Baking and stuff, Family Stories and Food, Greta of the Griddle, Griddle Bread

Greta of the Griddle

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My Godparents were posh. They looked posh, spoke posh, lived posh and ate posh.

Born slightly after the turn of the twentieth century, Mervyn was the son of a doctor who lived and had Rooms on the rather salubrious, leafy, Merrion Square in Dublin’s centre. He and his two sisters were attended to by ‘Staff’, went to the best of schools, enjoyed the Square as their garden and had pet monkeys which, he assured me, were quite common in the Dublin of that time.

Greta was more exotic. Born and raised in Canada, she came with her family to Ireland in her teens. I would meet her later in her life, when she had grown to resemble in face and mannerisms the wonderful English actress, Margaret Rutherford. A marvellous cook, Greta delivered delicious meals and baked like a demon for charities and church events.  Some of the food, like her accent, was a throwback to the British Empire – curried eggs and Kedigree – foods we marvelled at but remained reluctant to taste (put off by the odd colour and spicy smell).

And in between all the posh and foreign nosh, she would take out a griddle. Seeing Greta with all her fine manners, jewellry and clothes cook on a griddle just seemed plain wrong. Even as a child, I felt this implement was best suited to an open fire in a cottage than on a top of the market, gas stove, in their art deco home. And so, I would watch as she cooked Griddle Bread on that contraption until done. It was always delicious but I doubt those who savoured it, would ever believe that Greta cooked it herself on a griddle!

The tripod griddle would be placed on the stove top with the gas on a medium high to heat the cast iron base. She would make the dough and…eh…then…Greta would griddle.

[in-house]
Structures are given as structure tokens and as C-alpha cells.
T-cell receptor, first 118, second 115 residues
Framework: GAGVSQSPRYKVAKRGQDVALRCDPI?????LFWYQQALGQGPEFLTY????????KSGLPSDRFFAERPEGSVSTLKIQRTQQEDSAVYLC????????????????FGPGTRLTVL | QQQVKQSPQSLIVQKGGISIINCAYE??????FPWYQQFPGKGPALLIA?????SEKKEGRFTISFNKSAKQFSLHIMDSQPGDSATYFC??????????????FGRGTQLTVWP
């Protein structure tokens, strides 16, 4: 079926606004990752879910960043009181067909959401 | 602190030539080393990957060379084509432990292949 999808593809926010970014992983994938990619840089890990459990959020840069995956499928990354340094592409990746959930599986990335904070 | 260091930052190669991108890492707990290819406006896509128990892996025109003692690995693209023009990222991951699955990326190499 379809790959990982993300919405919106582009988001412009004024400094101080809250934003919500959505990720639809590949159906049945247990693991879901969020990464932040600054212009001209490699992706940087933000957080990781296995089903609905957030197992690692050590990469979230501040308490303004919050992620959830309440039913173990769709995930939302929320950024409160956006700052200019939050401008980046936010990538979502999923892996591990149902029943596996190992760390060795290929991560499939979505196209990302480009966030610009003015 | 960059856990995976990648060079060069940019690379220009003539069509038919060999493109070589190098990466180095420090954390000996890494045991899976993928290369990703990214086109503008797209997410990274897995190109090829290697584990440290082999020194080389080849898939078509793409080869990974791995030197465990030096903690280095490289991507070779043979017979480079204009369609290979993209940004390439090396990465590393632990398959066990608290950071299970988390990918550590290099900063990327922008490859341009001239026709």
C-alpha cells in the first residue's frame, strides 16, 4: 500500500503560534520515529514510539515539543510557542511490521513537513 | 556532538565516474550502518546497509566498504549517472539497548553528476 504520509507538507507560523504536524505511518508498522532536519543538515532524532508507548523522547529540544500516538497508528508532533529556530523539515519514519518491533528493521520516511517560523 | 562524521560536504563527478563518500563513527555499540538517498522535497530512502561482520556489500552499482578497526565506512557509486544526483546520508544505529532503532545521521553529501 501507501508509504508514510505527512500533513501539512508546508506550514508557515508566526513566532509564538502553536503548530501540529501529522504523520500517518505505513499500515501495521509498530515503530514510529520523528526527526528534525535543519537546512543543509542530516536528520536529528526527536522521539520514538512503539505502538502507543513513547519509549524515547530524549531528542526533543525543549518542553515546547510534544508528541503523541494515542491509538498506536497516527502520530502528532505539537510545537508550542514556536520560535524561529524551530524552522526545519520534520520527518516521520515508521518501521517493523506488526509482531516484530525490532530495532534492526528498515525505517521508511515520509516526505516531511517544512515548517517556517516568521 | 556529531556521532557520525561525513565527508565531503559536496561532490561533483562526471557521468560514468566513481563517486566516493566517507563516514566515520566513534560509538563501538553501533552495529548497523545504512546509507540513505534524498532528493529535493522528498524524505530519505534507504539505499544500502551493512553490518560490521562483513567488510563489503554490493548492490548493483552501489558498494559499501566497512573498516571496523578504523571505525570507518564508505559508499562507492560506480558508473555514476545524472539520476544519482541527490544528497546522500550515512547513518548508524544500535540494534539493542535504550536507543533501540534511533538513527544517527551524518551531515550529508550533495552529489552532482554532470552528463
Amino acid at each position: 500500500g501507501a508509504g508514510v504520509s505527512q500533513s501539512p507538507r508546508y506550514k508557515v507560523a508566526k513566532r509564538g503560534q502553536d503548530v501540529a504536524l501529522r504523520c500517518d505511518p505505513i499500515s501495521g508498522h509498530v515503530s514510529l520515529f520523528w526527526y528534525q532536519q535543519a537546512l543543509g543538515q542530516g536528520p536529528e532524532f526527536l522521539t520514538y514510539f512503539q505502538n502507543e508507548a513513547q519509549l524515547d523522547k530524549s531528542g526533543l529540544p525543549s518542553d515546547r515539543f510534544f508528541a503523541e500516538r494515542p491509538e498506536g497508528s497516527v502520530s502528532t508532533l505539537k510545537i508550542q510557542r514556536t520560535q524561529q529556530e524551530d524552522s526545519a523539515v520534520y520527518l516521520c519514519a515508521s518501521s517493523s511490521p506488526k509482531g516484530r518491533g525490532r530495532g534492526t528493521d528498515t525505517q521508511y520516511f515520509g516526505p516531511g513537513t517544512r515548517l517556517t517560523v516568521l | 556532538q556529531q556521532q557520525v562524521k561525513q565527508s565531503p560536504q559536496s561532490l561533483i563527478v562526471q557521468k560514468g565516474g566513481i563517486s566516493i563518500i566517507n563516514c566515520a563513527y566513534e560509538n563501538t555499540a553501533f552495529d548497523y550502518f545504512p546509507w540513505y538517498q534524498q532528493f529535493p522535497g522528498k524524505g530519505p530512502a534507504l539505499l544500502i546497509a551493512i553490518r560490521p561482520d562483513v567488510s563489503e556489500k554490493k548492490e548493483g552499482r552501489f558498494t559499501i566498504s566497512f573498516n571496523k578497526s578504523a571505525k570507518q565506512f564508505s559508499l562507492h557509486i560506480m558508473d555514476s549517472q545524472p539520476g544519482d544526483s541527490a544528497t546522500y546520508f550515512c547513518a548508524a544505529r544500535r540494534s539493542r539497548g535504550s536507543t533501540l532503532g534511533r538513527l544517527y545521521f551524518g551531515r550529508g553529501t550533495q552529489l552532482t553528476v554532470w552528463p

Ingredients
1lb flour
1.5 ounces sugar
Pinch of salt
1 teaspoon of baking powder
1.5 ounces of melted butter
1/3 pint of full fat milk
1 large egg

Method
1. Combine the dry ingredients
2. Combine the wet ingredients until one liquid
3. Add the wet to the dry and mix thoroughly
4. On a lightly floured board, shape the mix into a cake shape with a flat top
5. Cook on the hot griddle – about 7 minutes each side
6. When cooked, it will have texture of a very large English muffin,

Cutting it into triangles, Greta would divide each again into two. She would spread one side with butter and slather the other with her homemade jam. As I would sit on a stool at her breakfast counter, eating this warm delight, warm butter/jam concoction dripping off the bread and onto my fingers, I would watch as she cleaned the kitchen. The last thing to do was to rub a light coating of oil into the griddle to stop it from rusting before she put it away. And with the kitchen tidied, the griddle would be no more…

bread

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